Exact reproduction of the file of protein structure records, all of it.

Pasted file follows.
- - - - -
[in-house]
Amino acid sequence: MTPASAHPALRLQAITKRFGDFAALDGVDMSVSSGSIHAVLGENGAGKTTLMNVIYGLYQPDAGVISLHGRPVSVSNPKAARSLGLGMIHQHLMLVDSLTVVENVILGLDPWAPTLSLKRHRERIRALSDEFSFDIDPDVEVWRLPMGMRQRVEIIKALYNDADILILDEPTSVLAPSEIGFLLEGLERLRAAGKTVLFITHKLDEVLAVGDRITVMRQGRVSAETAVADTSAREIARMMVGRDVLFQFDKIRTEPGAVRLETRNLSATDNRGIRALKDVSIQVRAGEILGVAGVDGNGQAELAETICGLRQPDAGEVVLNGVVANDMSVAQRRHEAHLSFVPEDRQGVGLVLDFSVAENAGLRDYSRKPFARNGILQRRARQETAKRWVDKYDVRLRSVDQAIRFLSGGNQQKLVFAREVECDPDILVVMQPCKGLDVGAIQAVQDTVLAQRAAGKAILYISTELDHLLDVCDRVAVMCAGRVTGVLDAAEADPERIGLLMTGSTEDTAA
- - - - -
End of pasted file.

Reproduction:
[in-house]
Amino acid sequence: MTPASAHPALRLQAITKRFGDFAALDGVDMSVSSGSIHAVLGENGAGKTTLMNVIYGLYQPDAGVISLHGRPVSVSNPKAARSLGLGMIHQHLMLVDSLTVVENVILGLDPWAPTLSLKRHRERIRALSDEFSFDIDPDVEVWRLPMGMRQRVEIIKALYNDADILILDEPTSVLAPSEIGFLLEGLERLRAAGKTVLFITHKLDEVLAVGDRITVMRQGRVSAETAVADTSAREIARMMVGRDVLFQFDKIRTEPGAVRLETRNLSATDNRGIRALKDVSIQVRAGEILGVAGVDGNGQAELAETICGLRQPDAGEVVLNGVVANDMSVAQRRHEAHLSFVPEDRQGVGLVLDFSVAENAGLRDYSRKPFARNGILQRRARQETAKRWVDKYDVRLRSVDQAIRFLSGGNQQKLVFAREVECDPDILVVMQPCKGLDVGAIQAVQDTVLAQRAAGKAILYISTELDHLLDVCDRVAVMCAGRVTGVLDAAEADPERIGLLMTGSTEDTAA